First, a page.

Iraqi government forces say they have driven back an ISIS advance on the country's largest oil refinery, killing several insurgents. The Baiji refinery (Salaheddin [Salah ad Din] governorate) has been the site of several battles between government forces and militants over the past months. (BBC News) A 2,000-strong militia has been raised to relieve the 18,000 Turkmen at the ISIS-besieged village of Amerli, also in Salaheddin. The force is commanded by Transport Minister Hadi al-Ameri, a former commander of the Badr militia. (Azzaman) A group of PKK-affiliated HPG-YJA STAR fighters has reached the Duhok (also rendered Dahouk) area and taken up positions in the mountains around the city to defend it from an ISIS advance. (ANF)
The Yazidi miltia that has been formed to help Peshmerga forces liberate Sinjar from ISIS is being armed by the Kurdistan Regional Government. The militia's commander, Qassim Shashou, told the independent Kurdish agency BasNews that he hopes to receive heavy artillery has said had been promised by the KRG. "We are looking forward to receiving the weapons which will be vital in our fight against IS. After we free Sinjar, we can return to our homes with our head held high," said Shashou. (BasNews) Qasim Shesho, another member of the militia, urged his fellow Yazidis to stand and fight rather than flee Iraq. "Those who urge Yezidis to leave for Europe have no integrity or conviction," he told Rudaw agency. "We ask these people [who have left] to come and defend their land and return to Shingal,"* he told Rudaw in an interview. "I have German citizenship and could leave today, but it would be a disgrace to abandon my land." The militia, said number 2,000, is also coordinating with the PKK-aligned People's Protection Units (YPG) in the battle for Sinjar. They are hoping to protect Yazidi holy places in the mountains, such as the shrine to 13th century saint Sharafaddin, before they are desecrated or destroyed by ISIS. (Rudaw)
Gunmen opened fire inside a Sunni mosque in Iraq's eastern Diyala governorate, killing at least 68 people, Aug. 22. A suicide bomber broke into the Musab bin Omair Mosque during Friday prayers in the village of Imam Wais and detonated his explosives. He was followed by gunmen, who rushed in and opened fire on the worshippers. Initial reports blamed ISIS in the massacre, but reports later in the day blamed an unnamed Shi'ite militia, suggesting it was retaliation for a roadside bomb attack at a recruitment event organized by the militia. Last month, Shi'ite militiamen executed 15 Sunni Muslims and hung them from electricity poles in a public square in Baquba, Diyala's capital. In the wake of the mosque massacre, two influential Sunni politicians—deputy prime minister Saleh Mutlaq and parliament speaker Salim al-Jibouri—announced they are pulling out of talks on forming a new government until the investigation into the attack is completed. (RT, LAT, IraqiNews.com, Aug. 22; Reuters, July 30)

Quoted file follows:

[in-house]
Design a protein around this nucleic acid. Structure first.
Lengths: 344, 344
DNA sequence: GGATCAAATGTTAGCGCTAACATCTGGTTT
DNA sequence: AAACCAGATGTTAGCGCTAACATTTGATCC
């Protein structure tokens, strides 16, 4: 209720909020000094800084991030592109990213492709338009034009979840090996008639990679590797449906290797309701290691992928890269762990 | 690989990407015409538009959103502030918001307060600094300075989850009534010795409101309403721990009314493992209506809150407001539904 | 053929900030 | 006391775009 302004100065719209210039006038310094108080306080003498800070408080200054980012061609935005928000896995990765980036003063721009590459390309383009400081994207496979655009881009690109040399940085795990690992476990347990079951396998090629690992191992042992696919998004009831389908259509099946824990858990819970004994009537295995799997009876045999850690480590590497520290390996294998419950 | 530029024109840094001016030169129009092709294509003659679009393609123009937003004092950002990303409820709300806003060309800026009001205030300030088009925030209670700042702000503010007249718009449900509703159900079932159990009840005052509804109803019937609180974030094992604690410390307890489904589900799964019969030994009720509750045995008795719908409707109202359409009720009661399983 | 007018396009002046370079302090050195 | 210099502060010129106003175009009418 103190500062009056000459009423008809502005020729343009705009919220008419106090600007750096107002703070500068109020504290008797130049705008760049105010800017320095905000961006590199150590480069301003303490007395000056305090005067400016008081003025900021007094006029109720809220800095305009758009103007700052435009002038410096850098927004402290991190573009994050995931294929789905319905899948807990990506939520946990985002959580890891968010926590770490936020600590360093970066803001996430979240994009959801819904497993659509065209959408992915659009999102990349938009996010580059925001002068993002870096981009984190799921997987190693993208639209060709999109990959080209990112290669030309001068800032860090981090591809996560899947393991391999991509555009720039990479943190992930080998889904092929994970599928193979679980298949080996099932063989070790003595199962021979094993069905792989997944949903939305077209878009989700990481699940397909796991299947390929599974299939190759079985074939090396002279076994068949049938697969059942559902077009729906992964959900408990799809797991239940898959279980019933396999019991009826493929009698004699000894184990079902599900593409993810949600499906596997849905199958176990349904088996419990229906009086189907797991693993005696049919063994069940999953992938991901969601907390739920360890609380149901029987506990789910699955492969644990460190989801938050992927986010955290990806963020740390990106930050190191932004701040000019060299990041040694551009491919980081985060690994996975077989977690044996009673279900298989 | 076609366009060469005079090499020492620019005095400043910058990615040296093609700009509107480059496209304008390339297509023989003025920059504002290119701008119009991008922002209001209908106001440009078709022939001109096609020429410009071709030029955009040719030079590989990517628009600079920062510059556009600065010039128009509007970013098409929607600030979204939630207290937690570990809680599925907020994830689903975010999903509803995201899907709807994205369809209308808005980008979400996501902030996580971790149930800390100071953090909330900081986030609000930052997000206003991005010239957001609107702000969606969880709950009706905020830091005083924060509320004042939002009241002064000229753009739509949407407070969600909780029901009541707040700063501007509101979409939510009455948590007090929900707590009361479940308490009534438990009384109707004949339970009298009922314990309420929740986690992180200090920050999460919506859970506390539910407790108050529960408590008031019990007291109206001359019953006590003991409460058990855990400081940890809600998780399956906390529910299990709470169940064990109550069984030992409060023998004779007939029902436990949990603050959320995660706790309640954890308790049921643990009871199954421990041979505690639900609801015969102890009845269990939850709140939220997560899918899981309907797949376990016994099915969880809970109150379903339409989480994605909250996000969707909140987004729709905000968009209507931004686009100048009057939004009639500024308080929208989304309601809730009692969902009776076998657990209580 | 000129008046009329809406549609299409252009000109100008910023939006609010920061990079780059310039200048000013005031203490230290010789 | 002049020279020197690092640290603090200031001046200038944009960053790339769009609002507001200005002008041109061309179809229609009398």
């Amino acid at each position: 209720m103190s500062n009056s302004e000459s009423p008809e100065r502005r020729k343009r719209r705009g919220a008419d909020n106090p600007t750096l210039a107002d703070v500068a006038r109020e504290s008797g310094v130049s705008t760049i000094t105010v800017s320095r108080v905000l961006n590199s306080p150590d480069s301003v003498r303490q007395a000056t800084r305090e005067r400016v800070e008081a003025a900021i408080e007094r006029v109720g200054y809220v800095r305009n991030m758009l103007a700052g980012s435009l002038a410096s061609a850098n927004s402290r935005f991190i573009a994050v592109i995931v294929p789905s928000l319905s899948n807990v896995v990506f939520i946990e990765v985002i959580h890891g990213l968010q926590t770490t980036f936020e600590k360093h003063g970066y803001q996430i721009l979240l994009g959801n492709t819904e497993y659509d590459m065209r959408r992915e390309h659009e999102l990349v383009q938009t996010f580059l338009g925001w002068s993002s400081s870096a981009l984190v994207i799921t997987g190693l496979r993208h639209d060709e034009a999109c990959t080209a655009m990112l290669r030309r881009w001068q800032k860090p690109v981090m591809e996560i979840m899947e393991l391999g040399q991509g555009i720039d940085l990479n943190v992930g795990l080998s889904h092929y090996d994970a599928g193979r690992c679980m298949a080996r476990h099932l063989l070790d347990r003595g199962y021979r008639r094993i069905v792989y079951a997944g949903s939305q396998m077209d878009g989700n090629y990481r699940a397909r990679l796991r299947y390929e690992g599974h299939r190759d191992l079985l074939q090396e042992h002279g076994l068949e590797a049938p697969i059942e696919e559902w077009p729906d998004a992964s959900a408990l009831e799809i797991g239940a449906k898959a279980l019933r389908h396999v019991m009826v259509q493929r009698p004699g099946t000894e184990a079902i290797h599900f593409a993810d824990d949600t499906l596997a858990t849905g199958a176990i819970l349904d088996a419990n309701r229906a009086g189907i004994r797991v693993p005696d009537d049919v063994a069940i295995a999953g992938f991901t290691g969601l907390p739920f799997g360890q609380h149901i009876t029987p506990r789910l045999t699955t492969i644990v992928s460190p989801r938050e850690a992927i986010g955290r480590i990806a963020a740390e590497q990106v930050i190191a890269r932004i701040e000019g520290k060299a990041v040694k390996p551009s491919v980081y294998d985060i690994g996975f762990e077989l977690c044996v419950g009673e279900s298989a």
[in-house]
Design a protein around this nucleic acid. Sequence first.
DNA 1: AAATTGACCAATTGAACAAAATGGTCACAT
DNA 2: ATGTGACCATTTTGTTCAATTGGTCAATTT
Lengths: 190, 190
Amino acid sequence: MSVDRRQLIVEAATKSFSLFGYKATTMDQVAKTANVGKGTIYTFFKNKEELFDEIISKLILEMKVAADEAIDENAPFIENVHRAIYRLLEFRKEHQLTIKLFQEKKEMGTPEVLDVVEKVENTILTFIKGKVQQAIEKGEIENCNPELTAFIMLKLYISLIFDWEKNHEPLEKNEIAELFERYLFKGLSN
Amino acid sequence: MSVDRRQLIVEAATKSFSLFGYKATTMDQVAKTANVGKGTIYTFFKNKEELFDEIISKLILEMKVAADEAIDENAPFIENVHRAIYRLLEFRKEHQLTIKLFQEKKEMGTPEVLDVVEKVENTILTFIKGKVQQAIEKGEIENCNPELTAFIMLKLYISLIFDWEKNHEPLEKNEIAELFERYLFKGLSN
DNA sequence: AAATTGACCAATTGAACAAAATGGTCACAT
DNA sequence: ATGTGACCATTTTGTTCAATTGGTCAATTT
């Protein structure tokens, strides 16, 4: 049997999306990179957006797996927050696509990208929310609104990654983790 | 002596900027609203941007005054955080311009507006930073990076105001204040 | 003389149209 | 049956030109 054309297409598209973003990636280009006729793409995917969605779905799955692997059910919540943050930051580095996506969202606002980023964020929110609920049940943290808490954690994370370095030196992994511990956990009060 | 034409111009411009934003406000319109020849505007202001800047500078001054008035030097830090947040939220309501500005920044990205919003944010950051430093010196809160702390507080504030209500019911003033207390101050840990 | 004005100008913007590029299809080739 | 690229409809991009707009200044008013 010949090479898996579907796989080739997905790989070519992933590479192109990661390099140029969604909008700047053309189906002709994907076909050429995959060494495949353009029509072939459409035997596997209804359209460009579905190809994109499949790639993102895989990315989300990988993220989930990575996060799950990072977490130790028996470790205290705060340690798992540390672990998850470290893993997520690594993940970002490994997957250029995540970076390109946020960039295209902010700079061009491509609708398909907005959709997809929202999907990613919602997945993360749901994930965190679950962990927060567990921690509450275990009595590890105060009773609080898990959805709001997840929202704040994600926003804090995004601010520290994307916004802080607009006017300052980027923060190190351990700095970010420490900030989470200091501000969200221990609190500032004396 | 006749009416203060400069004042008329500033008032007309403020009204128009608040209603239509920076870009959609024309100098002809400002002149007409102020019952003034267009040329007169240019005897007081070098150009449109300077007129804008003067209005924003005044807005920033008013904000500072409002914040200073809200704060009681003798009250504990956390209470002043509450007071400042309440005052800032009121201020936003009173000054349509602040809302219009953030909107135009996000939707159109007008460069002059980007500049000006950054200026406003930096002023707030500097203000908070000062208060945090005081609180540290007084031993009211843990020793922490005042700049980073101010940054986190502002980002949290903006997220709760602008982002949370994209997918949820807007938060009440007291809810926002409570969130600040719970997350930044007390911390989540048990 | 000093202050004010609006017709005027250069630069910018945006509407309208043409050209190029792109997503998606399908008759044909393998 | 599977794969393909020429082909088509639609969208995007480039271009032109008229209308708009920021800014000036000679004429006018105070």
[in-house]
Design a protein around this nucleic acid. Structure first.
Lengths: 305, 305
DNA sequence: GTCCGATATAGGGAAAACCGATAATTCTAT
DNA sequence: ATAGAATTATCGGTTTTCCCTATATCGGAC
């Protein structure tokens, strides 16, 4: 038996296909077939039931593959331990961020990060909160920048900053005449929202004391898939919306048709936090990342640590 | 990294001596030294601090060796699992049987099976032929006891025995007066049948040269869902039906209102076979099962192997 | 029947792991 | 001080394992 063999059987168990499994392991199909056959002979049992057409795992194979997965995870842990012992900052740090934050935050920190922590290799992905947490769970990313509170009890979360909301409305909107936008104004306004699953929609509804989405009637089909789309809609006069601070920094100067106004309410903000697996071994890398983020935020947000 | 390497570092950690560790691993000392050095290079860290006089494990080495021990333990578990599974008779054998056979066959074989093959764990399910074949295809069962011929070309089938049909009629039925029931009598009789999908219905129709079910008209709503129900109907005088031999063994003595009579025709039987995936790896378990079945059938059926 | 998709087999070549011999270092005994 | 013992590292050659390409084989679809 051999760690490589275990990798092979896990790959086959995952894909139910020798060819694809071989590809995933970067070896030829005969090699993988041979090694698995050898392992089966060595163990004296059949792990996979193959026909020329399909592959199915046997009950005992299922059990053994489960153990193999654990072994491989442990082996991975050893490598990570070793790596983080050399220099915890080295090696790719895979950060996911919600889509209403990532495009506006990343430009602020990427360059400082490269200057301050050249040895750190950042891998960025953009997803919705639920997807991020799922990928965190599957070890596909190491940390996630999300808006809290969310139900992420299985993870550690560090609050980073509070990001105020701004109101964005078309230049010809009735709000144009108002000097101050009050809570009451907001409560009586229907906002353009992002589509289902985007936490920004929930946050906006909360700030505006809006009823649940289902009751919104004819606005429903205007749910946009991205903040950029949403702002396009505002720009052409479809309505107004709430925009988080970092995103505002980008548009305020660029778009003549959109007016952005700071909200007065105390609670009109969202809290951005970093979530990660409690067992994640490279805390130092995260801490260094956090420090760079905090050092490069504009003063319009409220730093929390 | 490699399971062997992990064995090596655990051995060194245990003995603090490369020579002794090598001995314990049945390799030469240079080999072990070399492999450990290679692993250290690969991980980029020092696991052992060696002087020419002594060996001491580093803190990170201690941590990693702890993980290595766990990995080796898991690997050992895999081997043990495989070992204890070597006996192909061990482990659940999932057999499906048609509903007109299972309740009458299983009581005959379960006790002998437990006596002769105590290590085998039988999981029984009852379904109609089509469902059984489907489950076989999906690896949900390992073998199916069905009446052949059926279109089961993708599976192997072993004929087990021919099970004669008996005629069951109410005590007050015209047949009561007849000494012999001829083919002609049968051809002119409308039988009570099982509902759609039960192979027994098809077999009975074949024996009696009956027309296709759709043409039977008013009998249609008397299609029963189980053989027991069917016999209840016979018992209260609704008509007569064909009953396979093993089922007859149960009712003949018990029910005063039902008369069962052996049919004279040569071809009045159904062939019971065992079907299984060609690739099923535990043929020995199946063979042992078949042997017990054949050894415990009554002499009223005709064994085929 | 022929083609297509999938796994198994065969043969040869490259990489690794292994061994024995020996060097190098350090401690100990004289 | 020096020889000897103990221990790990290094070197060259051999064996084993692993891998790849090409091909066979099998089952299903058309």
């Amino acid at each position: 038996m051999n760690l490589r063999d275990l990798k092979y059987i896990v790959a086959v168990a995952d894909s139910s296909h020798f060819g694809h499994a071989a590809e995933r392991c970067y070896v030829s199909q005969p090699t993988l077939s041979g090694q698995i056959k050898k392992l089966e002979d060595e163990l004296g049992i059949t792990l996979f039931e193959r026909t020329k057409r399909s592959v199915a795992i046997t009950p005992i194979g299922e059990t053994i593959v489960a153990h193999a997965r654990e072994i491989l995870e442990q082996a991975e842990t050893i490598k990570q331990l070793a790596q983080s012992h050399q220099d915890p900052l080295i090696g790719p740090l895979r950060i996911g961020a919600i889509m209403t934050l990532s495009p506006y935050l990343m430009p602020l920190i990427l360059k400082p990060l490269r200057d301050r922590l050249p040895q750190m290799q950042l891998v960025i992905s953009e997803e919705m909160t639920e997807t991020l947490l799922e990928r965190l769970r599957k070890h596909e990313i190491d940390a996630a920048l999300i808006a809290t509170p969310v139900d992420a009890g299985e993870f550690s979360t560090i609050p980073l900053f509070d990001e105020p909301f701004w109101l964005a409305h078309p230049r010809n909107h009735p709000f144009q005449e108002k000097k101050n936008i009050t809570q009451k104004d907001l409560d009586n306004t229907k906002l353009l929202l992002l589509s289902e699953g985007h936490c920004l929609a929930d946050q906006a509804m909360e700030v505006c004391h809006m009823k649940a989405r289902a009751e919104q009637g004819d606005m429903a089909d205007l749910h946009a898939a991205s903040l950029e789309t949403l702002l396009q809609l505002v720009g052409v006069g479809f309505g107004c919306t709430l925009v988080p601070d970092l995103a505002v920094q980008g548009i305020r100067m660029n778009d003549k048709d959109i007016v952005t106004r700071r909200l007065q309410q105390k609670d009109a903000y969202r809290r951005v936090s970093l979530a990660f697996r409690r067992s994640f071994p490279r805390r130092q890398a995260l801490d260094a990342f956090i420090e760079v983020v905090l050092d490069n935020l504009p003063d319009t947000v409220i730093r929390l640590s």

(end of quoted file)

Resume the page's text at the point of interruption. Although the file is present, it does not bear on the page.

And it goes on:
Boy, did we ever call this one. Contrary to the prevailing leftist conspiracy theory that the US was backing ISIS against Assad, we predicted earlier this year that the US would soon intervene in Syria against al-Qaeda and its offshoots such as ISIS. Today, the New York Times reports the comments of Gen. Martin E. Dempsey, chair of the Joint Chiefs of Staff, that ISIS cannot be defeated unless the US or its partners take them on in Syria. "This is an organization that has an apocalyptic end-of-days strategic vision that will eventually have to be defeated," Dempsey said. "Can they be defeated without addressing that part of the organization that resides in Syria? The answer is no." Dempsey and Defense Secretary Chuck Hagel, who both spoke at a Pentagon press conference, stopped short of saying air-strikes on Syria are planned, but the comments were obviously intended to float the idea.